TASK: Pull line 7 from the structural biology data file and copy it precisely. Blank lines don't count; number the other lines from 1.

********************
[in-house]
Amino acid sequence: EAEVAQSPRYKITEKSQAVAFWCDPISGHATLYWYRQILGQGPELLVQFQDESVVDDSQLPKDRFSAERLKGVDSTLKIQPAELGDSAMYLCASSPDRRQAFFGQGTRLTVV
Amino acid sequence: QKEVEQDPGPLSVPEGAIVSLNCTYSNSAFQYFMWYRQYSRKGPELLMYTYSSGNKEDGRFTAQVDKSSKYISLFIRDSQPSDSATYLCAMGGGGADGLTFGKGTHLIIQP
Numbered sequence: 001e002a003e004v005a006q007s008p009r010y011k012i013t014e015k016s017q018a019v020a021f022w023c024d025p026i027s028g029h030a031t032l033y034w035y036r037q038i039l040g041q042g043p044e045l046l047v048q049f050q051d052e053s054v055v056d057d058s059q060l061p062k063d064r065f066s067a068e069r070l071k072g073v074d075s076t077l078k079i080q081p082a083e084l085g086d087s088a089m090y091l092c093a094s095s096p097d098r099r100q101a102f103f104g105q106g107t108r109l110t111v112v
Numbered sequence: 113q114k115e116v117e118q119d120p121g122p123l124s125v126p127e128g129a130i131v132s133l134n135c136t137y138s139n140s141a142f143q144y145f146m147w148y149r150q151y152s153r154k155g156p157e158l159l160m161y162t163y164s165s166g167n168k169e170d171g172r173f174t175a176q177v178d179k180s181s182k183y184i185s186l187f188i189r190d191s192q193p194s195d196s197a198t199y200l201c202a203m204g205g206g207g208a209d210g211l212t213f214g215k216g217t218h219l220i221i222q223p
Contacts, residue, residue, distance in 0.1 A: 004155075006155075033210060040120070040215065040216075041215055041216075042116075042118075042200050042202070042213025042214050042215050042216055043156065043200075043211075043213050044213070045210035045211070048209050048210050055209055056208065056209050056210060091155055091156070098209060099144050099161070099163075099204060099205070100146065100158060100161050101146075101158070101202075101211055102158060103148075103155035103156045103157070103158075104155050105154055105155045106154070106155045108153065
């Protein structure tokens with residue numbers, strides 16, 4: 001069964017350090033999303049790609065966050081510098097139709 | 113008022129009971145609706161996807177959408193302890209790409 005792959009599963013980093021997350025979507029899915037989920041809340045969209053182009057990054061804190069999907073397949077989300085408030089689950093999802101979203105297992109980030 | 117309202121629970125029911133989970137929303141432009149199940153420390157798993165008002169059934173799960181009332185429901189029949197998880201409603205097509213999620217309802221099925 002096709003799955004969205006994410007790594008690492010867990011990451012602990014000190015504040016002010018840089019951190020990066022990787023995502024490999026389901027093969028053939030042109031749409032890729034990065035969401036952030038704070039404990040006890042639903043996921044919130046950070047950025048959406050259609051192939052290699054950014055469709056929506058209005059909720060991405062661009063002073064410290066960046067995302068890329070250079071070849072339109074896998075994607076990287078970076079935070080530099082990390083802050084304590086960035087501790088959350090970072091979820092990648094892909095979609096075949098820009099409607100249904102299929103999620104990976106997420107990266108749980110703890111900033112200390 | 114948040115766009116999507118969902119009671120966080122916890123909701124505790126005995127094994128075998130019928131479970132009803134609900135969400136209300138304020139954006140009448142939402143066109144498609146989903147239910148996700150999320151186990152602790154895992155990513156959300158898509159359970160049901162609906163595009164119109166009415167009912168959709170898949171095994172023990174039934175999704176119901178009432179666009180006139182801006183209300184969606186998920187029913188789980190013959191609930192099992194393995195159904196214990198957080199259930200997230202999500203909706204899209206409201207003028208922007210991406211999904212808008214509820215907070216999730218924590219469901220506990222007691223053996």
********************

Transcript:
């Protein structure tokens with residue numbers, strides 16, 4: 001069964017350090033999303049790609065966050081510098097139709 | 113008022129009971145609706161996807177959408193302890209790409 005792959009599963013980093021997350025979507029899915037989920041809340045969209053182009057990054061804190069999907073397949077989300085408030089689950093999802101979203105297992109980030 | 117309202121629970125029911133989970137929303141432009149199940153420390157798993165008002169059934173799960181009332185429901189029949197998880201409603205097509213999620217309802221099925 002096709003799955004969205006994410007790594008690492010867990011990451012602990014000190015504040016002010018840089019951190020990066022990787023995502024490999026389901027093969028053939030042109031749409032890729034990065035969401036952030038704070039404990040006890042639903043996921044919130046950070047950025048959406050259609051192939052290699054950014055469709056929506058209005059909720060991405062661009063002073064410290066960046067995302068890329070250079071070849072339109074896998075994607076990287078970076079935070080530099082990390083802050084304590086960035087501790088959350090970072091979820092990648094892909095979609096075949098820009099409607100249904102299929103999620104990976106997420107990266108749980110703890111900033112200390 | 114948040115766009116999507118969902119009671120966080122916890123909701124505790126005995127094994128075998130019928131479970132009803134609900135969400136209300138304020139954006140009448142939402143066109144498609146989903147239910148996700150999320151186990152602790154895992155990513156959300158898509159359970160049901162609906163595009164119109166009415167009912168959709170898949171095994172023990174039934175999704176119901178009432179666009180006139182801006183209300184969606186998920187029913188789980190013959191609930192099992194393995195159904196214990198957080199259930200997230202999500203909706204899209206409201207003028208922007210991406211999904212808008214509820215907070216999730218924590219469901220506990222007691223053996």